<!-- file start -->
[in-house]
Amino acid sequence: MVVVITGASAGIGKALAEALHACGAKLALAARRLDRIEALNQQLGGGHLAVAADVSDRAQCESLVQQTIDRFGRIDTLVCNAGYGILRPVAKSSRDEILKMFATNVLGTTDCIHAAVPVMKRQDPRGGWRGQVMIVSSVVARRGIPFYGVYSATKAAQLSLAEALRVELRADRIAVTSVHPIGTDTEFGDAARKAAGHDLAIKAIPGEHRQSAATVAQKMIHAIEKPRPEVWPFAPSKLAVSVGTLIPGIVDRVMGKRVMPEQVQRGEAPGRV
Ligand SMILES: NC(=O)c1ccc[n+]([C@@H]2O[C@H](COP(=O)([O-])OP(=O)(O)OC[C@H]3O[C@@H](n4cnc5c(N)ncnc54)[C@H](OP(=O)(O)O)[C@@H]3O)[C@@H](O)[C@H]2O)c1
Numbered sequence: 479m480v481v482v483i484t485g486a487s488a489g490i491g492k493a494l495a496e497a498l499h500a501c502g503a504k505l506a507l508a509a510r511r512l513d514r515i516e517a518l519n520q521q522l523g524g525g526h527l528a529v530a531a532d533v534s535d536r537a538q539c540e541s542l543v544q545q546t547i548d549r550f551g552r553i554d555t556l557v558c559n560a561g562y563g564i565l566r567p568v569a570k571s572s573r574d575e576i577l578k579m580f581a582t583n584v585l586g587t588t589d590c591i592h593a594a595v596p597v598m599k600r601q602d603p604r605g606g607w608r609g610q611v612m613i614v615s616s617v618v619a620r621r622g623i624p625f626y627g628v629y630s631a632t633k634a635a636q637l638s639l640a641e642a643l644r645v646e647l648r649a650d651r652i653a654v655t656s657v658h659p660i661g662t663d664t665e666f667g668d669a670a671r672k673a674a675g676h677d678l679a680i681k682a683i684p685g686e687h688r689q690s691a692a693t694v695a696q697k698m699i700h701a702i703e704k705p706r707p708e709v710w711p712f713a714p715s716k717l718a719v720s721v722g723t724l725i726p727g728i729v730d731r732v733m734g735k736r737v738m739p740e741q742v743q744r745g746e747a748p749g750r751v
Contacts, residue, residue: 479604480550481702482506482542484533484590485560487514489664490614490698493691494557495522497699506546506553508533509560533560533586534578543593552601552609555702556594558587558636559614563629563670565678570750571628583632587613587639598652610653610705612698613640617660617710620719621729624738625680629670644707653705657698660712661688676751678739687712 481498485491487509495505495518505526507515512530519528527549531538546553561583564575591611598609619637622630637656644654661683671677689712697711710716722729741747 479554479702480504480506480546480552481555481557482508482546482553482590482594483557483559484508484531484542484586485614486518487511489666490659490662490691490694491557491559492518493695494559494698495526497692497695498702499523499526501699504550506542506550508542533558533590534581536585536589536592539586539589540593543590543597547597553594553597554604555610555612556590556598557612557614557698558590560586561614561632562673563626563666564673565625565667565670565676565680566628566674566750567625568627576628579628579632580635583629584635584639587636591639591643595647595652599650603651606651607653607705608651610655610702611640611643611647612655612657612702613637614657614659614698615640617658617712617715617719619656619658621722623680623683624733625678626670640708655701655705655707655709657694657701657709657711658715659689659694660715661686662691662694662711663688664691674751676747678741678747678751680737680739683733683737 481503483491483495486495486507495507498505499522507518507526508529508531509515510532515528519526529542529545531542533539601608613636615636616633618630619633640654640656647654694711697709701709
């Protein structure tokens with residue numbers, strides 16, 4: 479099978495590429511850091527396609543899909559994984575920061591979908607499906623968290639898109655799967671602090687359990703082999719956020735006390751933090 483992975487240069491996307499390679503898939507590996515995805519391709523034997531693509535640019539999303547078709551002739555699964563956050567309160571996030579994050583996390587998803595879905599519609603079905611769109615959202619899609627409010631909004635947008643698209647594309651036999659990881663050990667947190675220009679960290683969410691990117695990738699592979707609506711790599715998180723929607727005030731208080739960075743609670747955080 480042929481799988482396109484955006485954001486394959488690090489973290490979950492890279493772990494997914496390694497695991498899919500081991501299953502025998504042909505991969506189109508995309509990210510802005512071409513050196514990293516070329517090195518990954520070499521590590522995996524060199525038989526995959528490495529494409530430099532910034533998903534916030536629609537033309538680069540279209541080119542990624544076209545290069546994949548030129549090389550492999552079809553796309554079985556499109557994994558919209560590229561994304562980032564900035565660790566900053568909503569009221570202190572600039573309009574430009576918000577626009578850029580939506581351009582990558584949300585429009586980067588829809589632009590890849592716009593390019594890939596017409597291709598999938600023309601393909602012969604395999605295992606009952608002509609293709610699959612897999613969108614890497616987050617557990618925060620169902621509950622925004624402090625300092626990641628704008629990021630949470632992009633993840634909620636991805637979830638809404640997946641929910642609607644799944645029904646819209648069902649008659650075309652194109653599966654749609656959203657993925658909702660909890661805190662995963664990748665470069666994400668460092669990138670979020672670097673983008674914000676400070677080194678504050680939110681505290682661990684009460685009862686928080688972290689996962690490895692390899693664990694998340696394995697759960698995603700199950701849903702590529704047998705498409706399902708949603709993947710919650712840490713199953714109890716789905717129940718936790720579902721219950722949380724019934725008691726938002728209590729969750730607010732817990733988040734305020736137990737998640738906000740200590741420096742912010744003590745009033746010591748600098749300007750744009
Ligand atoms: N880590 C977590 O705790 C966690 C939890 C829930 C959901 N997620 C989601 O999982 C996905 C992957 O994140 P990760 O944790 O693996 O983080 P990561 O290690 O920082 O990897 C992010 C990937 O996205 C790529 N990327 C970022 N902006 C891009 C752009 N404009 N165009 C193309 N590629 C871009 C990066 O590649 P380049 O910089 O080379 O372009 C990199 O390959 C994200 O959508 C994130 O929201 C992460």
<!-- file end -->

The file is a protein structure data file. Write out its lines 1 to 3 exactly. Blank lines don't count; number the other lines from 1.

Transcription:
[in-house]
Amino acid sequence: MVVVITGASAGIGKALAEALHACGAKLALAARRLDRIEALNQQLGGGHLAVAADVSDRAQCESLVQQTIDRFGRIDTLVCNAGYGILRPVAKSSRDEILKMFATNVLGTTDCIHAAVPVMKRQDPRGGWRGQVMIVSSVVARRGIPFYGVYSATKAAQLSLAEALRVELRADRIAVTSVHPIGTDTEFGDAARKAAGHDLAIKAIPGEHRQSAATVAQKMIHAIEKPRPEVWPFAPSKLAVSVGTLIPGIVDRVMGKRVMPEQVQRGEAPGRV
Ligand SMILES: NC(=O)c1ccc[n+]([C@@H]2O[C@H](COP(=O)([O-])OP(=O)(O)OC[C@H]3O[C@@H](n4cnc5c(N)ncnc54)[C@H](OP(=O)(O)O)[C@@H]3O)[C@@H](O)[C@H]2O)c1